She has to do the work of untying the bow, peeling off the tape, unwrapping the paper, and opening the box.  By doing all that work, does that mean it’s not a gift anymore?  Does it mean she earned it because of all the work she had to do to open it?  Is the gift now attributed to or based on her works?  Of course not!  Just because she does something to open the gift doesn’t nullify the giver’s grace.

Likewise, if someone writes me a check for $1,000 out of the kindness of their heart, but I have to drive to the bank to cash it, does that nullify the grace of the giver?  Does it mean I earned that $1,000 so it’s not a gift anymore?  Of course not.  If someone gives me the keys to a new car, but I have to pick the keys up off the table, walk over to the car, and start the engine, does all that work nullify the grace of the giver?  Of course not, but all those works are absolutely necessary to benefit from the gifts!  I can’t enjoy the present without unwrapping it, I can’t spend the $1,000 if I don’t deposit it, and I can’t drive away in my new car without putting the keys in the ignition.

How about Bible examples?  Did Noah earn his salvation because he built an ark, or was that still God’s grace?  Did the Israelites earn their salvation by walking across the Red Sea, or was that still God’s grace?  Did they earn their right to the land of Canaan by fighting the Canaanites, or was that land still a gift by God’s grace?  God said the city of Jericho was a gift (Joshua 6:2), but they still had to march around it once a day for 7 days and 7 times on the 7th day.  Which was it?  A gift or something they worked for?  Both of course!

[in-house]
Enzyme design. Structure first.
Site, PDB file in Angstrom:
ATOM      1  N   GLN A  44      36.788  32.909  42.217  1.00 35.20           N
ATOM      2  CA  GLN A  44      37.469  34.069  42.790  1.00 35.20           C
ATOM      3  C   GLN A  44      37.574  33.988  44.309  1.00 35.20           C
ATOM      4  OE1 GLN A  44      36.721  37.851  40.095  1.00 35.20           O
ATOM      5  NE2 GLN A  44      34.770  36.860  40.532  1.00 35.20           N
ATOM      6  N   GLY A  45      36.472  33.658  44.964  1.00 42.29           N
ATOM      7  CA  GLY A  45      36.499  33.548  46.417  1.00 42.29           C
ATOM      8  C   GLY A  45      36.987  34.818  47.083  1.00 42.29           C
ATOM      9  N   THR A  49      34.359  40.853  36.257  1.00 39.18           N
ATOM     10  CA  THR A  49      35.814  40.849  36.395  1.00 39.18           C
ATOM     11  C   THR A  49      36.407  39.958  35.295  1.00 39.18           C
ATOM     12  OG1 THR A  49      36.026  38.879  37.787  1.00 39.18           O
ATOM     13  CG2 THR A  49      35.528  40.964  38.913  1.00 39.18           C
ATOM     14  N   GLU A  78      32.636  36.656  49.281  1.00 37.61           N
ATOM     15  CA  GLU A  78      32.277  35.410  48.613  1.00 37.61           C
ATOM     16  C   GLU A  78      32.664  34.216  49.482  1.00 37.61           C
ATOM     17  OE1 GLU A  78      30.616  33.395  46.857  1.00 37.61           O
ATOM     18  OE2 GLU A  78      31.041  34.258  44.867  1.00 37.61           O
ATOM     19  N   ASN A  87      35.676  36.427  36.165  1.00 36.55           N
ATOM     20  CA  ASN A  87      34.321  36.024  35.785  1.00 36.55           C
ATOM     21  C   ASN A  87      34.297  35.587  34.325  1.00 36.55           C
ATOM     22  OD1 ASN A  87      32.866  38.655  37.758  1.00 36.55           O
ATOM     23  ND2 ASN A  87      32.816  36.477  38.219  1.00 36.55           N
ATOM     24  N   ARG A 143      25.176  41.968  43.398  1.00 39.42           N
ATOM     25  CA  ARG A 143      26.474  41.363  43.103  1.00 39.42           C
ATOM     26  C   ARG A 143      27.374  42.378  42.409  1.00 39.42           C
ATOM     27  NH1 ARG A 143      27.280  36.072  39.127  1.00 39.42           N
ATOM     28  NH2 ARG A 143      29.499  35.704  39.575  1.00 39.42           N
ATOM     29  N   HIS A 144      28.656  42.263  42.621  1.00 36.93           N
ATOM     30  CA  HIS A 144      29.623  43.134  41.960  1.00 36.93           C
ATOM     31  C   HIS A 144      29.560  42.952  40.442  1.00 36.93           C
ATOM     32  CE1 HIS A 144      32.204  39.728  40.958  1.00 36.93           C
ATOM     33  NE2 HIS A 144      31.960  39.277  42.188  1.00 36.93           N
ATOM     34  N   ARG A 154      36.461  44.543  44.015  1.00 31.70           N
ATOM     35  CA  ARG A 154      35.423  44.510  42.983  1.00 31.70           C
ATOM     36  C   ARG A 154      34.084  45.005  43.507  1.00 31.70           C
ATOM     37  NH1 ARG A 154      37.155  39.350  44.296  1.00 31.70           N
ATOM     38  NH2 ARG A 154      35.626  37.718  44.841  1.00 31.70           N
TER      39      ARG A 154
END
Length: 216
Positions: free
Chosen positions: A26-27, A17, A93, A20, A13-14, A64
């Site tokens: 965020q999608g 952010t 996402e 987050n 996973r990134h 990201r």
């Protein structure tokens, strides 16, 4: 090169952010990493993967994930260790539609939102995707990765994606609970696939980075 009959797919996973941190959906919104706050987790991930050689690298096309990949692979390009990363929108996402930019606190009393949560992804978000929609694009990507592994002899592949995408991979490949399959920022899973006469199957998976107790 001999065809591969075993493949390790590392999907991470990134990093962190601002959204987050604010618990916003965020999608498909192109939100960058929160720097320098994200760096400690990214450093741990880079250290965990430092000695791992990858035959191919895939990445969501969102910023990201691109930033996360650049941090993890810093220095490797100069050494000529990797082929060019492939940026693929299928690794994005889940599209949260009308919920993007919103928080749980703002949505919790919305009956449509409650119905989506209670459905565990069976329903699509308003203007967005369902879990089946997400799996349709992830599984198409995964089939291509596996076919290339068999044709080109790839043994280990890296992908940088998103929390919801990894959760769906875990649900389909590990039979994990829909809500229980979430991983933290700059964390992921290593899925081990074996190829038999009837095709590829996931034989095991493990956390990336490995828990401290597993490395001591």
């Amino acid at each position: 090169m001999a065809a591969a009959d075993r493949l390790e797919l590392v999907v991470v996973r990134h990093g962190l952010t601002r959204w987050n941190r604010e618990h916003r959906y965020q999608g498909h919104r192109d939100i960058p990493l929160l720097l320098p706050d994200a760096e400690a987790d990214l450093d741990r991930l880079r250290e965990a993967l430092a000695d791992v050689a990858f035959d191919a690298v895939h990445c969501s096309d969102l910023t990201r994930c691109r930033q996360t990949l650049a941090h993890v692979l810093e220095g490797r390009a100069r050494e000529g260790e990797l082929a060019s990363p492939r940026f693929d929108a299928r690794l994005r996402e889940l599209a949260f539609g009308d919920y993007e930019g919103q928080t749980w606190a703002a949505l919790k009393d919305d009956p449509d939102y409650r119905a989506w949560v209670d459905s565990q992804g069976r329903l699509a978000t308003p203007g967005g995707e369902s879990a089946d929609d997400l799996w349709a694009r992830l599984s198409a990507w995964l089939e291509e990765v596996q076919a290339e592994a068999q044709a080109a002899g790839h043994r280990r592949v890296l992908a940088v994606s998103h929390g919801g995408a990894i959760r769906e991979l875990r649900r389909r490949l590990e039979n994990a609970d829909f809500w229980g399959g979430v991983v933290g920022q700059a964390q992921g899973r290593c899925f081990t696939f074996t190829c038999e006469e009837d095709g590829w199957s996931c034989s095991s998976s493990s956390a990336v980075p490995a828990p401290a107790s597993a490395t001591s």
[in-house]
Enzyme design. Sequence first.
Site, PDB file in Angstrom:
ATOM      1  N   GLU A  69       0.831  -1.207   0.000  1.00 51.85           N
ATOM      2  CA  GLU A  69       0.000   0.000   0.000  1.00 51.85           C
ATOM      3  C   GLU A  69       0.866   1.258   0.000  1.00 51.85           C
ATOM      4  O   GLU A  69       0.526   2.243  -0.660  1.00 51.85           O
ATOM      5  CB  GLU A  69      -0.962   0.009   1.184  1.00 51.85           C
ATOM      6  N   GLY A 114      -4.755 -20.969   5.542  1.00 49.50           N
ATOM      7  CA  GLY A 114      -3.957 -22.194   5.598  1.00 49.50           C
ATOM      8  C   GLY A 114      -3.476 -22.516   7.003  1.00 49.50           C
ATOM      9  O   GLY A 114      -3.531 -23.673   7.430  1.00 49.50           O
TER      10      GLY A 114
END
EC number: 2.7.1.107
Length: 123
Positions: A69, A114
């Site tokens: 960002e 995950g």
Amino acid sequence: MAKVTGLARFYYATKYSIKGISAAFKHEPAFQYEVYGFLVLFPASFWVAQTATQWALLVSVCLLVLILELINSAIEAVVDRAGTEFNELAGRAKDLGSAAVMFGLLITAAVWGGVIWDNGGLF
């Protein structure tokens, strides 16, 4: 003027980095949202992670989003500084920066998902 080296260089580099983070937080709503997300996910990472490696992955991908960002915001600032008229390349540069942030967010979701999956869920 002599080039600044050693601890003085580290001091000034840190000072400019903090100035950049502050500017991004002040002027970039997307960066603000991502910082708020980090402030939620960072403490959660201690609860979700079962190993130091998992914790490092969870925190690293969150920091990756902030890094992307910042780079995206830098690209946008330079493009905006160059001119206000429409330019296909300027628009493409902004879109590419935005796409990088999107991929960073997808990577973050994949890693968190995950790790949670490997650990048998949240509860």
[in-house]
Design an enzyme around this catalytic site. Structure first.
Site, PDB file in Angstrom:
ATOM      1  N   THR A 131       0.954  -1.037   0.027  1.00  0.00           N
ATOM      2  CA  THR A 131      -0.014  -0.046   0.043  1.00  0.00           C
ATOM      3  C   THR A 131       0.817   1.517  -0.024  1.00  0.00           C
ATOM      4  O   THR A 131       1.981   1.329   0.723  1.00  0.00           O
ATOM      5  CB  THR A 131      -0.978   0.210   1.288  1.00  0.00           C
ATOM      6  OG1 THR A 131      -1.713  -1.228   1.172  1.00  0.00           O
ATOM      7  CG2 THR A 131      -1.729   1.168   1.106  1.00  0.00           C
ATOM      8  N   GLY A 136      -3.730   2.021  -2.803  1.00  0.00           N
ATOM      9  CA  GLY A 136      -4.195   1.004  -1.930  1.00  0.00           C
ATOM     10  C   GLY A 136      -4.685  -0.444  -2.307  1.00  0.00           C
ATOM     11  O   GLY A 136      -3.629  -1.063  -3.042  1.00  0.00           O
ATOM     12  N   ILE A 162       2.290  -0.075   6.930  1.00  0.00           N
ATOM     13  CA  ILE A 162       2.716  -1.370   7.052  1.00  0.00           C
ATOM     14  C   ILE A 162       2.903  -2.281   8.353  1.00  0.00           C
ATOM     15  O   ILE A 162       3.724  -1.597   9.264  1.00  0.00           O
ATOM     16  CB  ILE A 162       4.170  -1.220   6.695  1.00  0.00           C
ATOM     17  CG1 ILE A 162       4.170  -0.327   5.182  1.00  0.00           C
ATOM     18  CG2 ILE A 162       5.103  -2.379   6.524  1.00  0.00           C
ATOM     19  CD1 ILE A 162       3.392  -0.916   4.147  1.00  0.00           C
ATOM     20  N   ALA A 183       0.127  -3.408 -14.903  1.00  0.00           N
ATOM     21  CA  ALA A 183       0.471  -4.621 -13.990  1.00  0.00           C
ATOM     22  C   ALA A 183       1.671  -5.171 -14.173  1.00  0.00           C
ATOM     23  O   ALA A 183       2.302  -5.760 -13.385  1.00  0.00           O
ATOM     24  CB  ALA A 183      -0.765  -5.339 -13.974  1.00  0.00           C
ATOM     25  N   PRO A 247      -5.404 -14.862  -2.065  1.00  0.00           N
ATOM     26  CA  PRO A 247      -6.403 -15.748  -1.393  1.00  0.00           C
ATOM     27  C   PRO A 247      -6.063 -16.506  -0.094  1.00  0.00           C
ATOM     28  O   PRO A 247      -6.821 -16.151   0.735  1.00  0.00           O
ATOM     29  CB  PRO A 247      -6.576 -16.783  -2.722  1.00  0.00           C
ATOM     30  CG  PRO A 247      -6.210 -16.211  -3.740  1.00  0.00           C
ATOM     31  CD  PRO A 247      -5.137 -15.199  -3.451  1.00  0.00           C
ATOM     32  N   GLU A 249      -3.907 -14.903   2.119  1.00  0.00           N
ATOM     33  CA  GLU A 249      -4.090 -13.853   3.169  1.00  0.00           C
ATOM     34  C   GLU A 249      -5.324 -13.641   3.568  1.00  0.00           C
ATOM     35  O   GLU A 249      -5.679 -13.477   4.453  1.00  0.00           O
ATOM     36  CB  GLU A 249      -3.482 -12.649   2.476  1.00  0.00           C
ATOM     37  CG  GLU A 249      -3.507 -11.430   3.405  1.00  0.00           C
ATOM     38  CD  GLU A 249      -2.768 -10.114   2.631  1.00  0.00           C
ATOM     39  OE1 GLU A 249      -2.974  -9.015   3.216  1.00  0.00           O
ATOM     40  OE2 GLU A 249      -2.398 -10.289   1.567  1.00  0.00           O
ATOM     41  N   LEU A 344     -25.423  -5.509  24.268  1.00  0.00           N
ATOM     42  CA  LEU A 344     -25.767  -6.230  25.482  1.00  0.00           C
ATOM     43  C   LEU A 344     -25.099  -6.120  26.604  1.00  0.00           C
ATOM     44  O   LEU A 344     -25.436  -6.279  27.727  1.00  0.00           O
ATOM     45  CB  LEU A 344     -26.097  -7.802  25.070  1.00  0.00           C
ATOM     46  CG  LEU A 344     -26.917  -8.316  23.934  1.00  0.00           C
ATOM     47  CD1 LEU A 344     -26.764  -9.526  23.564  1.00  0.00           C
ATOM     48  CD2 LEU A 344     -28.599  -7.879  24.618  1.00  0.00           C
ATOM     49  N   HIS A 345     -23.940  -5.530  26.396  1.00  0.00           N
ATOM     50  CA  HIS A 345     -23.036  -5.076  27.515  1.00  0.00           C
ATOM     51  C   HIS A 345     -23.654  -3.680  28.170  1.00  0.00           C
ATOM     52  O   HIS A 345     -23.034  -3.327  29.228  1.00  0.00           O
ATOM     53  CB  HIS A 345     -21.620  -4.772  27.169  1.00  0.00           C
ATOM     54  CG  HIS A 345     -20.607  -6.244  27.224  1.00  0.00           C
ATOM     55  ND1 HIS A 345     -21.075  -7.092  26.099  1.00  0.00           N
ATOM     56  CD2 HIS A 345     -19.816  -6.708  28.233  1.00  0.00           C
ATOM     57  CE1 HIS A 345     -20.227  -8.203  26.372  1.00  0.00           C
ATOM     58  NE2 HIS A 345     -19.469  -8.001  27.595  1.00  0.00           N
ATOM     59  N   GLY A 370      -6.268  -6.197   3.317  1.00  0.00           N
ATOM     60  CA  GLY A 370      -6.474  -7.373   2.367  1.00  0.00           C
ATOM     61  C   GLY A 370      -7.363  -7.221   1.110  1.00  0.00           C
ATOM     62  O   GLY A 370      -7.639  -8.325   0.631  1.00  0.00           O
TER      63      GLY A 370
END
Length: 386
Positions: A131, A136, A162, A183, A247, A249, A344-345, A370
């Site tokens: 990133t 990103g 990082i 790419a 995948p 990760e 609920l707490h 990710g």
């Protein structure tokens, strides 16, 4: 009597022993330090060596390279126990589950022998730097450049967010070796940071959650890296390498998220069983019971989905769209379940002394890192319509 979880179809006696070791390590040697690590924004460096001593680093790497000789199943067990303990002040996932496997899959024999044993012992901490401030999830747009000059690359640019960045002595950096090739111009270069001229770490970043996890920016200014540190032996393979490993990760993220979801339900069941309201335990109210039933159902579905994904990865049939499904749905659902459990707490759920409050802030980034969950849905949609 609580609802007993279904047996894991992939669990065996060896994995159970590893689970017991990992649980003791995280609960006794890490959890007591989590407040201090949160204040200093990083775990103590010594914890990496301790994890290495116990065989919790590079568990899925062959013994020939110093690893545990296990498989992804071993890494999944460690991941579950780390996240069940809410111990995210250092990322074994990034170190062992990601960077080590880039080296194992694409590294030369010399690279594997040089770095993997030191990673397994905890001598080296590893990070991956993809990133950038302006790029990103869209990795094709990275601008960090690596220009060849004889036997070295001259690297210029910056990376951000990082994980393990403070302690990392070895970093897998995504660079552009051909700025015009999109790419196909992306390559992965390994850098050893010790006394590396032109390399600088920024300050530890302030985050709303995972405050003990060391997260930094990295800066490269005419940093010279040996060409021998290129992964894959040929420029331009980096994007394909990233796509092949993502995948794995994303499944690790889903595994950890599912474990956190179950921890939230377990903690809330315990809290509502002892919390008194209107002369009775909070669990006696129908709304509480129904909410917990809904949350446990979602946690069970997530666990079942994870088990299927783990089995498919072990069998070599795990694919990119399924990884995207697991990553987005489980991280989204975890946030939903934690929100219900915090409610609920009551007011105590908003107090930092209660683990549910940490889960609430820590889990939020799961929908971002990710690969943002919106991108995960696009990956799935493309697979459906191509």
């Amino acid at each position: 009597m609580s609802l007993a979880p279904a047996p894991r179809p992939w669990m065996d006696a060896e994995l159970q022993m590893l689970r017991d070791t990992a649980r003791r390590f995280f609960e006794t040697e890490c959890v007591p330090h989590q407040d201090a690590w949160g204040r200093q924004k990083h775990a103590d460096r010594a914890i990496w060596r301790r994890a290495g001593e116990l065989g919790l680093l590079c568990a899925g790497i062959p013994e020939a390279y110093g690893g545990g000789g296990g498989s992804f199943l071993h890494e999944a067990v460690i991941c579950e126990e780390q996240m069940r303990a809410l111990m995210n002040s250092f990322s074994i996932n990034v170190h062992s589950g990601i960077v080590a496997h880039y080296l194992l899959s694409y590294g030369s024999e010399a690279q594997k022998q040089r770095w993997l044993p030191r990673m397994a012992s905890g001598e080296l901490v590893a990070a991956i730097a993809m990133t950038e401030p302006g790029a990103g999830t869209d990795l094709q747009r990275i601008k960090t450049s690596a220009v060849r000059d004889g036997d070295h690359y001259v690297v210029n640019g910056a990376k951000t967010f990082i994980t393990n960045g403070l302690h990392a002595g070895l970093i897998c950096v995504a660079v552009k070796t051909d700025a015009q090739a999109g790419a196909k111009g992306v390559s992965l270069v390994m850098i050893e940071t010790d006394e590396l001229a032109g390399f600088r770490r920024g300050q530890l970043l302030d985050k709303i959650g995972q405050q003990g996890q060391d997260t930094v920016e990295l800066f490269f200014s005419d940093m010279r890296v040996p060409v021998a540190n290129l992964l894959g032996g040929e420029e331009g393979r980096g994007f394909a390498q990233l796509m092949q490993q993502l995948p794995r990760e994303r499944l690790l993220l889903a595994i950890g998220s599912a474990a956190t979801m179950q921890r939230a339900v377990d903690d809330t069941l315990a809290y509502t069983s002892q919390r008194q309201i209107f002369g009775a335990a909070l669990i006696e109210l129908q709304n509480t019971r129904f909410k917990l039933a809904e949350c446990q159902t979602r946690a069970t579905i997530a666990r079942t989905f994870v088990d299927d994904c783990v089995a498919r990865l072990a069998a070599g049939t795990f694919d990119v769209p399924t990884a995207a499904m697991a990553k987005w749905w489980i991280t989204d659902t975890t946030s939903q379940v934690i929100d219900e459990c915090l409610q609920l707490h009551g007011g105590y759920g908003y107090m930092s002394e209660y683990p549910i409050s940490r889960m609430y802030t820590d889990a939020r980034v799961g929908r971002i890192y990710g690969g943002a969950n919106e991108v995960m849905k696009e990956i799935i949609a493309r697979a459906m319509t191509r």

There are hundreds of examples in Scripture of people doing things to access God’s gracious blessings.  Just read Hebrews 11 and notice the repeated formula, “By faith so and so did/worked something.”  Their works were absolutely necessary to receive God’s blessings, but those works never nullified God’s grace.

Likewise, if I repent to be saved, my repentance doesn’t nullify God’s grace.  If I’m baptized to be saved, that doesn’t nullify it either.  Just because I’m baptized, doesn’t mean salvation is “ek” (of) my work of baptism.  It’s always “ek” (of) grace.  Our works are never the source or origin of salvation, but some, like baptism, are absolutely necessary to gain access to God’s gift of salvation in Christ.

Now, is it possible for our works to nullify grace?  Yes, but only by thinking salvation is “of,”“ek,” or “based on” our works.  That’s the Pharisee in Luke 18:9-14 who trusted in himself that he was righteous.  He boasted because he thought his salvation was based on, or of, his works, directly violating Ephesians 2:8-9.  As long as we remember salvation is a gift from God, our works will never nullify His grace.

If you’ve not been baptized for the forgiveness of your sins, you still haven’t unwrapped God’s gift of salvation.  How sad to carry around an unopened present, thanking the giver daily, but never experiencing what’s inside.  “Why do you delay?  Get up and be baptized, and wash away your sins, calling on His name.” (Acts 22:16)

Feel free to share your thoughts on this below!